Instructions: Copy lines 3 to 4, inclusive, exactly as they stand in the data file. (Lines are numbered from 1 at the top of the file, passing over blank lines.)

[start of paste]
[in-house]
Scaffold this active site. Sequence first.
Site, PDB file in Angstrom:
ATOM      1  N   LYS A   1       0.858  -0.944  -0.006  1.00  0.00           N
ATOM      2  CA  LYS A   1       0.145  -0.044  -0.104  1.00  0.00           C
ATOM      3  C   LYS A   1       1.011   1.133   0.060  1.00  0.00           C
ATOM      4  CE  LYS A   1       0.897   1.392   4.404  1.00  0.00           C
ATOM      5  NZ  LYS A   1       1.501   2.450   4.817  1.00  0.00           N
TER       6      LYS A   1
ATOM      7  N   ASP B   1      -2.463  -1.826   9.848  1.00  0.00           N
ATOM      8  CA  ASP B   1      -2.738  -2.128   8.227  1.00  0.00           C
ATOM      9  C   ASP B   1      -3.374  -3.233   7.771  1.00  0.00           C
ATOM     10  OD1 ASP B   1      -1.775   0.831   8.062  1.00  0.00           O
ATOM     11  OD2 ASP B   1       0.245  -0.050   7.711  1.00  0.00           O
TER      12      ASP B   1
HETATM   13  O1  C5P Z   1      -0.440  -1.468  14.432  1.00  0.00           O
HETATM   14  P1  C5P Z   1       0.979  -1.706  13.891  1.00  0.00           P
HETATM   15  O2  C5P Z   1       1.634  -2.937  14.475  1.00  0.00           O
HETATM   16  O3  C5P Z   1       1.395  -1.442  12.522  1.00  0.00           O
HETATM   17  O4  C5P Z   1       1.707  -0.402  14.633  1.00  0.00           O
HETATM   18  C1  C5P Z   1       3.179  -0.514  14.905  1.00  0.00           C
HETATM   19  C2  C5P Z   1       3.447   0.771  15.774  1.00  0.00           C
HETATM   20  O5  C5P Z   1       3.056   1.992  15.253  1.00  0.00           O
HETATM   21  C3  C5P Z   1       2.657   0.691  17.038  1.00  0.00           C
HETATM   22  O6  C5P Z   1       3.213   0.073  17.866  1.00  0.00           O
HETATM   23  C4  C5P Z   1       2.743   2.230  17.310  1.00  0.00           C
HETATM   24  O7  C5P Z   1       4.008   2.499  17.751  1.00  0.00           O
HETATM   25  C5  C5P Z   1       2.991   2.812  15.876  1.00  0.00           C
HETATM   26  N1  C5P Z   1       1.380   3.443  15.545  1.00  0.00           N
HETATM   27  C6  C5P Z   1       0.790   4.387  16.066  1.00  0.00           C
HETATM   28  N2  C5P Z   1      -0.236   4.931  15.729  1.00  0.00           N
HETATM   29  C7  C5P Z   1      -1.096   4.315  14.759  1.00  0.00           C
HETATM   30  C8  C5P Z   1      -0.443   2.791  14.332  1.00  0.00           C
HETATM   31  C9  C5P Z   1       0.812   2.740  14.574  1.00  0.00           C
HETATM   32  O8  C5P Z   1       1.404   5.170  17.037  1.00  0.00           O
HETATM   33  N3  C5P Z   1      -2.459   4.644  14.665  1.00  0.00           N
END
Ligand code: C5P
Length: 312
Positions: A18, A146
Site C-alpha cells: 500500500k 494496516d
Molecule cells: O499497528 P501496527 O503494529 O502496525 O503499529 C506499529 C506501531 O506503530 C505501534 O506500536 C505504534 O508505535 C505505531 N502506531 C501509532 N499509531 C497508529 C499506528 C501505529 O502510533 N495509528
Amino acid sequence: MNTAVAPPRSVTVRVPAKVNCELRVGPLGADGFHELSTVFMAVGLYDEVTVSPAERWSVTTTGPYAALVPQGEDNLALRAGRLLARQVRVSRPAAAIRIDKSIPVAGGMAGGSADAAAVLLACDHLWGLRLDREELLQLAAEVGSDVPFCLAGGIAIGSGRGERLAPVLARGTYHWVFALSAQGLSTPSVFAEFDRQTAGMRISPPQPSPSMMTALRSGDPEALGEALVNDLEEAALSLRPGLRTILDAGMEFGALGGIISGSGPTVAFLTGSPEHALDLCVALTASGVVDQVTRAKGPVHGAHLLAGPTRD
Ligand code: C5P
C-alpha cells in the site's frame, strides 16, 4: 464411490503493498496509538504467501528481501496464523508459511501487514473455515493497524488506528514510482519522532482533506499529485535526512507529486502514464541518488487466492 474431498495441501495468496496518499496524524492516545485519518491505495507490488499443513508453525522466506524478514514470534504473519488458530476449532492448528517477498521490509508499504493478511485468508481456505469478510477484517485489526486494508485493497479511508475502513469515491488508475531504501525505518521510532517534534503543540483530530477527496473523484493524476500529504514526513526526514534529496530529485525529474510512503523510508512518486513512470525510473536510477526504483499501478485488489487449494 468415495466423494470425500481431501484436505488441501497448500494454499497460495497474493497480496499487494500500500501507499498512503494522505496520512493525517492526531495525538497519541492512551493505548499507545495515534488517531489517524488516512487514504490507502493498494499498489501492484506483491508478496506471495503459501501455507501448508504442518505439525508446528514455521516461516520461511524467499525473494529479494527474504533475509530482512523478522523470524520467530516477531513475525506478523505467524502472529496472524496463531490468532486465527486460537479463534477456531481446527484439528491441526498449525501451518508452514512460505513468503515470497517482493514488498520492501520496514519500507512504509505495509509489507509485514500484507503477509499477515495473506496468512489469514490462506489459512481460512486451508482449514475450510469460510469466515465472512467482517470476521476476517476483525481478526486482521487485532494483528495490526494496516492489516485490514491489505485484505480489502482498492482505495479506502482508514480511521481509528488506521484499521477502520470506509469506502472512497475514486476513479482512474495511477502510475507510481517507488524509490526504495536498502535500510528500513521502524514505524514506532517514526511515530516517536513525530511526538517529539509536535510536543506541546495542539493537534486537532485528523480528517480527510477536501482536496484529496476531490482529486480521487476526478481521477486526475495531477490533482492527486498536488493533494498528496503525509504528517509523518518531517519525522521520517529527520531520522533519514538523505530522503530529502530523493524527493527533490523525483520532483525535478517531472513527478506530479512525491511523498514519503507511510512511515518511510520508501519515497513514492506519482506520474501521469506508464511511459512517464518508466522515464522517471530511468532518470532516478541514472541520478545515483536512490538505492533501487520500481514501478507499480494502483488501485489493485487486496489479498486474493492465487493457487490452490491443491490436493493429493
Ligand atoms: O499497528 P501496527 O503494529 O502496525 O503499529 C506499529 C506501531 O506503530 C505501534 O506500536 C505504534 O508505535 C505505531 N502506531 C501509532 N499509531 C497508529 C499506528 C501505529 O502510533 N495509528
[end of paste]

Site, PDB file in Angstrom:
ATOM      1  N   LYS A   1       0.858  -0.944  -0.006  1.00  0.00           N